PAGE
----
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Why ObamaCare is working great — in Kentucky
The states enjoy advantages that the federal government does not
 
Need ObamaCare? Head for the hills (of Kentucky).
Need ObamaCare? Head for the hills (of Kentucky). (Facebook/Kynectky)

As you've probably read, the rollout of ObamaCare has been pretty rough. Its main hub, Healthcare.gov, is plagued by glitches and has effectively been decommissioned until the IT cavalry comes to the rescue.

But that hasn't been the case everywhere. Kentucky's health-insurance exchange, Kynect, has been lauded as one of ObamaCare's greatest success stories. The state has enrolled 26,174 people — more than any other state except New York, Washington, and California — despite its relatively small population.

Those other states, by the way, also run their own health-insurance exchanges. While California's website, Covered California, has experienced a few problems, New York and Washington state's state-run exchanges have been, by most accounts, operating smoothly.

"On balance," Daniel N. Mendelson, chief executive of Avalere Health, told The New York Times, "the state exchanges are doing better than the federal exchange."

So how did Kentucky succeed where the federal government failed so miserably?

Allowing consumers to shop around
Healthcare.gov won't let you compare health insurance plans without creating an online account first. It's supposedly set up that way to encourage people to sign up, though cynics say it's meant to prevent certain first-time enrollees — like young, healthy males — from coming down with a case of sticker shock.

But Kentucky Gov. Steve Beshear (D) thinks it discourages users from cottoning to ObamaCare.

He explained to Talking Points Memo why the ability to browse before signing up is so important:

What we've found in Kentucky when we started talking with people was that there was a huge amount of misinformation and misunderstanding. People were very confused. What I've been telling them is: Look, you don't have to like the president, and you don't have to like me. It's not about the president and it's not about me. It's about you, it's about your family, it's about your children.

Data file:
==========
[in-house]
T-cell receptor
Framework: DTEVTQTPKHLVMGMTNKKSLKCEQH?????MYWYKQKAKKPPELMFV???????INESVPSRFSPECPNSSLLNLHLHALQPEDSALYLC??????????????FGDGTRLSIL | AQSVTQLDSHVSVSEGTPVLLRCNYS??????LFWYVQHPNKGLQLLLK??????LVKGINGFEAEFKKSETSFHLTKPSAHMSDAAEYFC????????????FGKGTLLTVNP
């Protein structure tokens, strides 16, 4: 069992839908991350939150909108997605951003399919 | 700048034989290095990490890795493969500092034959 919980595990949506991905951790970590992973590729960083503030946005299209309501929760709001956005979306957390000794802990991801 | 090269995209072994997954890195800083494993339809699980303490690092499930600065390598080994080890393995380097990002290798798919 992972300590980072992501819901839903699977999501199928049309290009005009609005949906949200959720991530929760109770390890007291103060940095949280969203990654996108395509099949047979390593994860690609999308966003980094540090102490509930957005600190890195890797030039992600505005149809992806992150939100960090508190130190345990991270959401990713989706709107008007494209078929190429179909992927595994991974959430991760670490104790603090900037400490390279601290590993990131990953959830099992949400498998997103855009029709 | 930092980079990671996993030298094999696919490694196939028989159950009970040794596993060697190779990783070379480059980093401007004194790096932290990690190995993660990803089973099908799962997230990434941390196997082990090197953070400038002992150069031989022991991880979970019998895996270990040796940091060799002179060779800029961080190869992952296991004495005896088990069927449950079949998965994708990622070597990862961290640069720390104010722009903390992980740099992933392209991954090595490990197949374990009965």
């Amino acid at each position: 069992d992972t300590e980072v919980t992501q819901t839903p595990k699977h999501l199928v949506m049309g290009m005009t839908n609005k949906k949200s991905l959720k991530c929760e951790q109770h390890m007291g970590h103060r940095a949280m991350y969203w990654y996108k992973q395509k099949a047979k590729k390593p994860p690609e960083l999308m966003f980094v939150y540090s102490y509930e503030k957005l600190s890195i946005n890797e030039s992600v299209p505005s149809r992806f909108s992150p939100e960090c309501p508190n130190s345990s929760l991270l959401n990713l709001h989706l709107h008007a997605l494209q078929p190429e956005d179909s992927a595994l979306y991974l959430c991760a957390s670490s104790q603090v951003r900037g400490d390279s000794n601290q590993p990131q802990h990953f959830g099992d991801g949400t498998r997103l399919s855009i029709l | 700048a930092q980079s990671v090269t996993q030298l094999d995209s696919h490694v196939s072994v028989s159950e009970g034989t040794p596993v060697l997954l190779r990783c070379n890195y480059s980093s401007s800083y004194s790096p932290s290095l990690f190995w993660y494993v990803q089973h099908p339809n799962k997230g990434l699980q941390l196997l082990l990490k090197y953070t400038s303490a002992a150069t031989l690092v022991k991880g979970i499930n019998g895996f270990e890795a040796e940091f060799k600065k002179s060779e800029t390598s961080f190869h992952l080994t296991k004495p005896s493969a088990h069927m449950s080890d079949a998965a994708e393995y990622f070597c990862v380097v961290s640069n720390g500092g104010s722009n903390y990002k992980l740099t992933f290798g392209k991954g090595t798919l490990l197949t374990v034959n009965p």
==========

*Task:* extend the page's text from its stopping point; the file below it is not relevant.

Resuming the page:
So do me a favor. It won't cost you a dime to go on that website and just find out what you might qualify for. I'll guarantee you you're going to like what you find, and that's what's been happening. [TPM]

Tailoring the experience
States running their own exchanges had the luxury of creating an experience that meets their residents' needs. Kynect's website, for example, is less slick than Healthcare.gov, but it's also a lot more straightforward and simple. That, according to Kynect spokesperson Gwenda Bond, was meant to make it more accessible to people who might not have broadband or much experience with computers.

The federal government's one-size-fits-all strategy, meanwhile, treats largely rural Alaska the same way it does suburban New Jersey. That's why it would have been preferable for every state to design their own exchanges, but with Republican-controlled states backing out, it was left to the federal government to step in.

Testing the dang thing
Kentucky has been testing Kynect regularly since July, claimed the site's executive director, Carrie Banahan. Compare that to Healthcare.gov, which, accordng to the executives involved, was tested for a grand total of two weeks before it was made public.

Even more mind-blowing: By Sept. 26, there had been no "end-to-end" testing of the system. That means nobody, according to The Washington Post, had tried to sign on to Healthcare.gov, browse through the insurance plans, and pick one of them — less than a week before thousands of Americans would try and do just that.

Thinking like a start-up
Silicon Valley is built on the idea that small, nimble organizations can innovate more easily than large bureaucracies. The federal government is, of course, the ultimate bureaucracy. That could be one of the major reasons that Healthcare.gov's development moved at a snail's pace.

CGI Federal, one of the two biggest contractors involved with building the site, was awarded its contract in December 2011. The government was so slow in getting the company specifications, according to the New York Times, that it didn't start working on the site until this spring.

Not that you can compare the state of Kentucky to a start-up. But individual states "are more adaptable," Alan R. Weil, executive director of the National Academy for State Health Policy, told The New York Times, meaning they "can respond more quickly to solve problems as they arise."

Kynect hired software developers in Oct. 2012; development started in January 2013. That is way faster than the White House was able to move.

 
Keith Wagstaff is a staff writer at TheWeek.com covering politics and current events. He has previously written for such publications as TIME, Details, VICE, and the Village Voice.

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